Question: : Please advise if Sarah had sex with the king when her husband Abraham had her lie about being his sister the first time. I know this is a strange question, but it came up in our small group. I have always believed that because she honored her husband and obeyed him that God protected her. The other night it was pointed out that the king laid with her. I am trying to understand if she should have refused to lie for her husband out of obedience to God or was she supposed to obey her husband regardless of her convictions about obeying God. Thanks for looking into this for me.
Answer: There were two instances in which Abraham had Sarah lie and say she was his sister (a half truth) and not his wife, so that powerful men in the region Abraham was visiting would treat him favorably and not kill him in order to acquire Sarah as wife. In Genesis 12 Abraham and Sarah are in Egypt due to famine in Canaan and the Pharaoh takes Sarah as his wife. The King James Version says, “Why saidst thou, She [is] my sister? so I might have taken her to me to wife” (12:19), which suggests that he didn’t actually take her as wife. But the Hebrew, as most modern versions reflect, is better translated as in the NIV, “so that I took her to be my wife.” It does not say that Pharaoh lay with her, though that is a possibility.
Abraham handles things the same way while sojourning in the Negev of the Promised Land, Canaan, when he fears Abimelech (Genesis 20). But here it specifically says that God kept Abimelech from touching Sarah (v.6). Does this mean God did the same thing with Pharaoh? If we honor those in authority over us and obey them, will God see to it that we are not harmed? If Sarah had refused to obey Abraham because he was asking her to do something against God’s revealed will, would God have protected her from her husband or from her husband being killed and then being taken as the Pharaoh’s or Abimelech’s wife?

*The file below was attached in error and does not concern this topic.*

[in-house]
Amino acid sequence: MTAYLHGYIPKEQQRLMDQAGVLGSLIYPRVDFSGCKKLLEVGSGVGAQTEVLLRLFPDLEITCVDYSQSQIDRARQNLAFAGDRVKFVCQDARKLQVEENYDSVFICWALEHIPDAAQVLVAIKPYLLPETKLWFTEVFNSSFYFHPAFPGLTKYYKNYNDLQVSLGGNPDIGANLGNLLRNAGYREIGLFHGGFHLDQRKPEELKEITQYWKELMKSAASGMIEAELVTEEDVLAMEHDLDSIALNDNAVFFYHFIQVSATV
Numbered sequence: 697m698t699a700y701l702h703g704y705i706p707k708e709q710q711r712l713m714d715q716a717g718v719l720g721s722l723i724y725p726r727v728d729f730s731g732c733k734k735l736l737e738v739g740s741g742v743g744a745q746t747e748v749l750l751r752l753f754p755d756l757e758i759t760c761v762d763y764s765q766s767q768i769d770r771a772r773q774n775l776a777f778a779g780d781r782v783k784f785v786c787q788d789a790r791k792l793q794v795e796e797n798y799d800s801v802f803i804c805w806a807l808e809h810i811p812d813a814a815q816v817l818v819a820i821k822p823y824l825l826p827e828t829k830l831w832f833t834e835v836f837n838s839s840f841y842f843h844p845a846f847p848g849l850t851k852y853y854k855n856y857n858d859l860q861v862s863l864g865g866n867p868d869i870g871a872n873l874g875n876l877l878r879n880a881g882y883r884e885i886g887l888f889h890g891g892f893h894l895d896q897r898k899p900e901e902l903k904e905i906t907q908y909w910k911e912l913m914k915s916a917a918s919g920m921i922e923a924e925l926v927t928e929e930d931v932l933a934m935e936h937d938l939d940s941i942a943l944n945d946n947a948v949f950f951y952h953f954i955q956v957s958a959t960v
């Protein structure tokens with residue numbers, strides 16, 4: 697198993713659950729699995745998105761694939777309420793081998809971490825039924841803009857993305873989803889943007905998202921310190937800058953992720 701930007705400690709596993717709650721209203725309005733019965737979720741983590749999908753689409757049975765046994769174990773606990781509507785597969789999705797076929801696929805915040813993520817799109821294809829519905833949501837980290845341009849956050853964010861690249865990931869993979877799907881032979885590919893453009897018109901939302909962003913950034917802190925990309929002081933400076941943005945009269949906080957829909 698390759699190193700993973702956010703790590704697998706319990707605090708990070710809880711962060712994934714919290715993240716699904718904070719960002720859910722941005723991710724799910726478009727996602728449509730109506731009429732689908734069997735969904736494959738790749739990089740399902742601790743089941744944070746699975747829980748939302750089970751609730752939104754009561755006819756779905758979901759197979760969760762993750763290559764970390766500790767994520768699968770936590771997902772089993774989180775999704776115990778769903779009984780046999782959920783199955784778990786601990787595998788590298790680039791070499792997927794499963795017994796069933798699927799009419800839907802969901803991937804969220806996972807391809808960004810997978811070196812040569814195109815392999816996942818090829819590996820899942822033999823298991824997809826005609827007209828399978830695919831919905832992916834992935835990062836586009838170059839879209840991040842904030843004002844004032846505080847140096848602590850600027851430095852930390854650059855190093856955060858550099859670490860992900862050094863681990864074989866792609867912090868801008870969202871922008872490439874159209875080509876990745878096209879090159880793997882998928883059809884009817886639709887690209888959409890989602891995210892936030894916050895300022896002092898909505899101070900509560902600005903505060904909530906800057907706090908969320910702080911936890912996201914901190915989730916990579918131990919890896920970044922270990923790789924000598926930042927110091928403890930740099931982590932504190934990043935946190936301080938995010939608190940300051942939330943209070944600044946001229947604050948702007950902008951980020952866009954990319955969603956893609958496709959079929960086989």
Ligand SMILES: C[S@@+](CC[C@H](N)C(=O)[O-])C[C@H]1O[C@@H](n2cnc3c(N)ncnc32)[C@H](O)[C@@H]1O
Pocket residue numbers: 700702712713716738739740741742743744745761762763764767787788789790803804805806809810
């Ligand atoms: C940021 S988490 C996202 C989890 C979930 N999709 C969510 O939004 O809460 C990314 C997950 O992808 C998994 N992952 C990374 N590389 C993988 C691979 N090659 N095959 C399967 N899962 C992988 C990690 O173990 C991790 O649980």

When I think of other situations in which people obeyed God instead of the human authority in their lives, it did not always result in protection from harm. When Peter and John appeared before the Jewish court, the Sanhedrin, they were told to stop preaching in Jesus’ name (Acts 4). When they refused they were beaten. Later James, the son of Zebedee, one of the original 12 apostles, was killed and Peter was imprisoned (Acts 12).
I’m reminded of Jesus’ saying in Matthew 10:28, “Do not be afraid of those who kill the body but cannot kill the soul.” I think our perspective should be that of the friends of Daniel who were commanded to bow and worship Nebuchadnezzar’s image and refused. They said, “If we are thrown into the blazing furnace, the God we serve is able to save us from it, and he will rescue us from your hand, O king. But even if he does not, we want you to know, O King, that we will not serve your gods or worship the image of gold you have set up” (Daniel 3:17,18).
Did Sarah have sex with Pharaoh against her will because of obedience to her husband Abraham? The text is not clear. I do not think it would have been something she could even have conceived of doing in that culture to disobey her husband in this matter. But perhaps she should have told him no. Even so, there doesn’t seem to be any promise that if we disobey our earthly authority in order to obey God, that God will protect us from the consequences of it. He did protect Daniel’s friends. He didn’t protect the apostles. But He does protect our souls, the most important protection of all.